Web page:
Thursday, 5 May 2016

Utopias of the Street

During my last trip to Somerset House I saw a promotion for an upcoming exhibition; a beautiful photographic piece of a field with a burst of pink dust exploding in the air. Hoping to see actual colour dust explosions I was keen to go! And while there were sadly none of this on my visit, it was an incredible show. Bernard and I actually attended on our wedding anniversary. Both in love with the architecture and grandeur of the venue, it was an easy choice. Initially however I was surprised by how small the show was and it took us a while to find it. 

Walking in we were greeted by a wall of high visibility jackets with unusual statements on the back. After a few minutes a gallery attendant came and offered us some from a basket to wear. We became part of the art. Utopian Security. It added such a fun, interactive element. Although a tourist got a shock when she asked how much they cost and was told £50! Relatively cheap for art, but she probably saw it as a gift shop novelty. 

We found booklets on the show and were treated to PR statements on each artist and their work. This made the show for us. I love understanding the context of art and why it was created. It became so immersive and entertaining; finding our favourites and discussing the ideology. Each piece was so unique, brought together by the concept of unsanctioned public art. Creating our own utopias within our geographic and societal bounds. 

The artist above, Mike Ballard, explored the industrial markings of utility companies. Something he refers to as 'Urban Hieroglyphics' Considering how these functional markings can become artwork in and of themselves; it is the "freedom and naivety of the marks" that hold such an appeal for him. "These marks or codes indicate the presence of underground networks, a subterranean matrix that drives and maintained modern life." they are "unintentional abstract gestures that form part of the everyday visual language of the city." (The Hard Margin | 2015 | oil, spray paint and chewing gum on linen) I was shocked when I realised it was painted on linen! I was honestly convinced that they had hung a slab of concrete. 

This piece by Eltono while at first appeared as a illustrative doodle, was accompanied by a video of the artist walking across Somerset House's inner courtyard. Which at first didn't seem to correlate, then after reading the text we discovered that it was a game. But only known to him. He had a line drawn around the outside of the courtyard on which he had to walk. If a member of the public waking in the courtyard overstepped this line, he had to quickly walk to the exact spot. "Exploring new ways of moving in the public space". But if someone else broke the barrier, he had to quickly change direction and head towards their entry point. It was so funny. You can imagine the childlike eagerness in his mind urging him on quickly quickly quickly before someone else walked across! The drawings show his routes and offer us the opportunity to reenact his work, but honesty I would just want to play the game anew! (Footpaths 1, 2, 3, 4 | 2016 | ink on paper and Footpath Documentation | video | 2016)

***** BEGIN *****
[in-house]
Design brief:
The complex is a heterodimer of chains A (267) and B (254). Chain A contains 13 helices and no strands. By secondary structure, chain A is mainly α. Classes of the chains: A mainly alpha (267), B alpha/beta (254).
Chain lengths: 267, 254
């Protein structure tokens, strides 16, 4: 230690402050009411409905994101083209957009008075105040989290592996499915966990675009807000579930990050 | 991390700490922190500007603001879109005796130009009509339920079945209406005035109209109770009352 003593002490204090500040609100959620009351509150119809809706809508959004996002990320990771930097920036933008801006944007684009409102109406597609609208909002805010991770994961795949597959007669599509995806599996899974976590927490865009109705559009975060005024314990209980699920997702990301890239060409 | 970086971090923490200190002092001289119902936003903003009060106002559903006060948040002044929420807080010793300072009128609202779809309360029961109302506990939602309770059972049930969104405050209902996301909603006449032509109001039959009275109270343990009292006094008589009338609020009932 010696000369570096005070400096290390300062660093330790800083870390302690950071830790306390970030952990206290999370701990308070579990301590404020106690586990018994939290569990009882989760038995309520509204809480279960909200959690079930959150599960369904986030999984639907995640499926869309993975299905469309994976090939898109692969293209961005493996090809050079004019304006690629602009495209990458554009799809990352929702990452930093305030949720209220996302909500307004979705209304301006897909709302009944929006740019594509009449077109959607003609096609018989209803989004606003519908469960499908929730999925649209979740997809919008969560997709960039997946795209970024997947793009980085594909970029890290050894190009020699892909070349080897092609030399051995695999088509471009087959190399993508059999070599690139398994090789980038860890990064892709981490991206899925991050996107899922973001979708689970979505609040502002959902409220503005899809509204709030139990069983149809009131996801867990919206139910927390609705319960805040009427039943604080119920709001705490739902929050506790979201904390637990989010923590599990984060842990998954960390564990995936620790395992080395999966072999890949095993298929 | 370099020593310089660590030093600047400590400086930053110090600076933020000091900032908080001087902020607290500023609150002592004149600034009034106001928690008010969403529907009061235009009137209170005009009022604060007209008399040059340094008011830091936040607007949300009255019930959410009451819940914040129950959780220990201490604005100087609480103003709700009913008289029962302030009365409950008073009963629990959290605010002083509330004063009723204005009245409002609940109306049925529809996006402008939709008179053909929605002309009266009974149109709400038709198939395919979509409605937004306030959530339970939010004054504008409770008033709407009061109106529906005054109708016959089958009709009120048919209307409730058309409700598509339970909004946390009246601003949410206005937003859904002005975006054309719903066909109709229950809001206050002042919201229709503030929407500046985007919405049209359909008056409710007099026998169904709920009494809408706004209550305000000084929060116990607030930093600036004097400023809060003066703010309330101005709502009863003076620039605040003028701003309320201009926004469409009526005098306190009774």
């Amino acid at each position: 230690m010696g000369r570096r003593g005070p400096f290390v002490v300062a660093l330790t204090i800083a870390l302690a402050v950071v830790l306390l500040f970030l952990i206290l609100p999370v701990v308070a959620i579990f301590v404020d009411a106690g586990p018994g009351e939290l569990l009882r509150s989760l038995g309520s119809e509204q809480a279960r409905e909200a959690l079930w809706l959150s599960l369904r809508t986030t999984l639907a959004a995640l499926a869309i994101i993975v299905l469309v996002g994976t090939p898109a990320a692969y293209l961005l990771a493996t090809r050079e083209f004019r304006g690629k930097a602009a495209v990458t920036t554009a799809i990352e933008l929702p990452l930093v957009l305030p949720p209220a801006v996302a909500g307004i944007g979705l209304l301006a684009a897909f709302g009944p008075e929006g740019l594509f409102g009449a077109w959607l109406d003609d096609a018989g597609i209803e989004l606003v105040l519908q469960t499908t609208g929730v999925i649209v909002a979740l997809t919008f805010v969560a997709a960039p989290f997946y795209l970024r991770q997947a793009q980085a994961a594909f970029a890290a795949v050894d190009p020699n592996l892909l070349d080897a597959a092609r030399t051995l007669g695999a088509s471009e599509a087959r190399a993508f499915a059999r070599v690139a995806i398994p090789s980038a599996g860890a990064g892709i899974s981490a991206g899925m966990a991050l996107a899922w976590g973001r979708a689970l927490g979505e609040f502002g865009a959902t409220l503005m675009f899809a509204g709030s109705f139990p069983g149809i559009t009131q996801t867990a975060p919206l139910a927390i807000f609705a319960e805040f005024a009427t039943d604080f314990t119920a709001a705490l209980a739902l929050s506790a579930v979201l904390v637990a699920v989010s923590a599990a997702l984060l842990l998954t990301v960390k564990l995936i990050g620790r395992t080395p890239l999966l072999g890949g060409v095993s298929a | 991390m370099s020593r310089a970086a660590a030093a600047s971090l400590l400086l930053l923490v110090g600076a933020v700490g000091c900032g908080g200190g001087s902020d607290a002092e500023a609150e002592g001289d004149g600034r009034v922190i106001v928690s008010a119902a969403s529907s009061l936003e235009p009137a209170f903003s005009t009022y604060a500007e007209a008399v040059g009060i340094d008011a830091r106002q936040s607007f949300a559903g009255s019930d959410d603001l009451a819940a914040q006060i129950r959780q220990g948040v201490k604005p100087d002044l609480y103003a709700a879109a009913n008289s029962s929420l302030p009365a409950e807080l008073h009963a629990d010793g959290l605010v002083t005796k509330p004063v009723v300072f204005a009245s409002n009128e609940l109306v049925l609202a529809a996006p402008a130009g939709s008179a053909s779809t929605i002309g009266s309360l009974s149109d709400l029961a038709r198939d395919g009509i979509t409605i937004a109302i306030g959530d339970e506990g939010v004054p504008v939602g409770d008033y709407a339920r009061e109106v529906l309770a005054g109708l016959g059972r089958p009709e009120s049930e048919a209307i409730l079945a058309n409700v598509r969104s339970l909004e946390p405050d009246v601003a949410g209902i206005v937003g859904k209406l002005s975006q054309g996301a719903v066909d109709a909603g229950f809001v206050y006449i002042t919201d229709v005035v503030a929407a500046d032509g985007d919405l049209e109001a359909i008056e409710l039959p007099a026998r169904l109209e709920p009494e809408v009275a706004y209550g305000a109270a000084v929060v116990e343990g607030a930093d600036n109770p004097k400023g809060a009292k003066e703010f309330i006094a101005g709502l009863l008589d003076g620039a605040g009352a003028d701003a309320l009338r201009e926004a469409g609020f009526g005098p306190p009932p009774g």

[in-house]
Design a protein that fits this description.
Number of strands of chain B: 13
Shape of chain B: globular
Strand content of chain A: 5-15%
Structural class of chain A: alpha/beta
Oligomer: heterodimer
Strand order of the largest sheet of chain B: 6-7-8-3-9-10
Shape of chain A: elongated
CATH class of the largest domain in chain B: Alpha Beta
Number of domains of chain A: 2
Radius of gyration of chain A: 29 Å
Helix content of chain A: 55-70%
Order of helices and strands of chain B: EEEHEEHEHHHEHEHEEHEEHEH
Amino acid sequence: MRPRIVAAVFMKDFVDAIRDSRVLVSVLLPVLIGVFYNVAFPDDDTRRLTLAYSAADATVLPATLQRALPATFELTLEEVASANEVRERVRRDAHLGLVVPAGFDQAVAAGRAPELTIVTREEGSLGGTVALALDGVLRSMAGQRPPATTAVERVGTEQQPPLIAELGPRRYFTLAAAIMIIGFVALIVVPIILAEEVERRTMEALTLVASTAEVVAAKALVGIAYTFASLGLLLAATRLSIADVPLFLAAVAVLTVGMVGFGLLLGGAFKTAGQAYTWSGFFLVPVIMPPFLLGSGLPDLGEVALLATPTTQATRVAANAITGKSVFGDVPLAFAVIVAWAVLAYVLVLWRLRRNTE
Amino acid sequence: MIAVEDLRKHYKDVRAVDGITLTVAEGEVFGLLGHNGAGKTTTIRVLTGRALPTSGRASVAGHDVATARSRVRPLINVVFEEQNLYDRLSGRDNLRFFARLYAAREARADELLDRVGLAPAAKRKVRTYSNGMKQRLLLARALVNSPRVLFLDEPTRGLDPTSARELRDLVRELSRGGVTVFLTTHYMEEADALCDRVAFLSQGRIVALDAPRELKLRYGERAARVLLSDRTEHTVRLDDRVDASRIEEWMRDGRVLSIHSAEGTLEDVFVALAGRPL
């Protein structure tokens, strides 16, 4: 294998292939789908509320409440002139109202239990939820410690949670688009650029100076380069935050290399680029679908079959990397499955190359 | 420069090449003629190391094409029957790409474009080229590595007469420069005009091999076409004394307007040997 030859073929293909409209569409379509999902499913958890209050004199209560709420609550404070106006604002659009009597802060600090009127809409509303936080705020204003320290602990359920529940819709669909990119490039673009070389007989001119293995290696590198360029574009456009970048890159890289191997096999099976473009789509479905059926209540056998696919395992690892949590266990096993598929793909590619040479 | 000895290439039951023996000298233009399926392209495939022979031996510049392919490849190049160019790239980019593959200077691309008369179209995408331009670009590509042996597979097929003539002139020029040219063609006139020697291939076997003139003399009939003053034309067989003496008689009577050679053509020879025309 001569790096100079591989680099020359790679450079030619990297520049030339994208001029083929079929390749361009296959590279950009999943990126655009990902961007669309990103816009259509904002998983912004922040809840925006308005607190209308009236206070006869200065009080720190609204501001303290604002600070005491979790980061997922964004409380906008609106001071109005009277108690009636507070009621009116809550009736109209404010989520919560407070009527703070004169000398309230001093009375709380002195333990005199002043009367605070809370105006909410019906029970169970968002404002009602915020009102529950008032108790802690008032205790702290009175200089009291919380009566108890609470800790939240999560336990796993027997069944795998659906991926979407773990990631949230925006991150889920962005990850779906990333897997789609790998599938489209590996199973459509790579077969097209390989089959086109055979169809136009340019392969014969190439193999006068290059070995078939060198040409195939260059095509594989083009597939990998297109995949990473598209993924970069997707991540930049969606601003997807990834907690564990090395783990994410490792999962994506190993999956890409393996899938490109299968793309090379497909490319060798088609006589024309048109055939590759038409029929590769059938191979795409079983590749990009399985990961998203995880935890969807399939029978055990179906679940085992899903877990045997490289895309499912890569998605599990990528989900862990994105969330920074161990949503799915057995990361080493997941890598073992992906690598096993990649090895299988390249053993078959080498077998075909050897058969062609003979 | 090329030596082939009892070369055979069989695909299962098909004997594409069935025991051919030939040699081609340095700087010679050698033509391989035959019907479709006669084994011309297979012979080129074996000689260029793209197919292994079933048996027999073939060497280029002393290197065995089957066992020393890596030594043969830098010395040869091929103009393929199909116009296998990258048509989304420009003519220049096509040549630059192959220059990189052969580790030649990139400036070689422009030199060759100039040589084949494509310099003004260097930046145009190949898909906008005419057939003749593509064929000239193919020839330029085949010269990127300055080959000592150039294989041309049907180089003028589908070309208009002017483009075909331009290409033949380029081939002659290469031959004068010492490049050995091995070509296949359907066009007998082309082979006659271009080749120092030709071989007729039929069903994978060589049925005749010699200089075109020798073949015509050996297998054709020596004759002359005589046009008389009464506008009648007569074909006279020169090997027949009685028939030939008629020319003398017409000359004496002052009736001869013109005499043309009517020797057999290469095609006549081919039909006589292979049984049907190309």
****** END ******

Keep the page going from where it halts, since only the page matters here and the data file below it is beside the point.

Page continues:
The piece above by artist Nano4814(ES) was my favourite throughout the show (possibly tied with the high vis jackets!); a stark contrast with the theme of Utopia this piece stood out as a true presentation of the street. A dark and dreary underpass. The faint rainbow and dripping paint almost humorous. A well known place of teenage hangout, darkness, graffiti and at times danger has become a symbol of hope and vibrancy.   

"Mixing popular imagery with wildly outlandish motifs, Nano4814's strangely discomforting and surreal aesthetic ventures beyond the everyday in quite overt terms. For Venturing Beyond he has produced a classically Utopian image, the Rainbow. For Nano however, this trope has numerous potential significations: it can act as a "door, a bridge, a pathway" leading one to different space or different times, yet equally represents the "calm before the storm". It can act as an idealistic representation of the colour spectrum ("only this time in reserve"), but also relates to his obsession with art as a burden, art as a curse." (Untitled | 2016 | Acrylic on wall)

The show is officially titled Venturing Beyond: Graffiti and the Everyday Utopias, the first installation of a four exhibitions and a wide range of talks and events across 2016. Utopia: A Year of Imagination and Possibility.

"In a literal sense, graffiti compels its practitioners to ‘venture beyond’ spatial and architectural boundaries, but also metaphorically provokes them to ‘venture beyond’ conceptual frontiers, to form new ways of thinking, acting and being in the world. Graffiti ornaments the city in resplendent colour and brings art out into the open, an art which belongs to all of us. It simultaneously reveals an aesthetic and social practice which anyone is welcome to join.

Above all, graffiti and street art acts as an alternative voice, whether it is loud and brazen or more subtle and difficult to decipher, which strives to challenge the well-worn systems of society – something which Thomas More’s seminal text also set out. All of the artists will uniquely interpret their ideas on these utopian foundations of graffiti." - Somerset House

Compared with traditional exhibitions of classical and historical work, we could truly relate with this show. So much of it appealed the younger generation and acted as a response to our day to day lives and environment  Making the art accessible and relevant, and frankly far more engaging due to the multiple layers e.g the jackets, the PR books, the theme itself. It was such a success in both of our opinions and I would love to commend those incharge of it. It was fantastic. 

What is your favourite exhibition at the moment?

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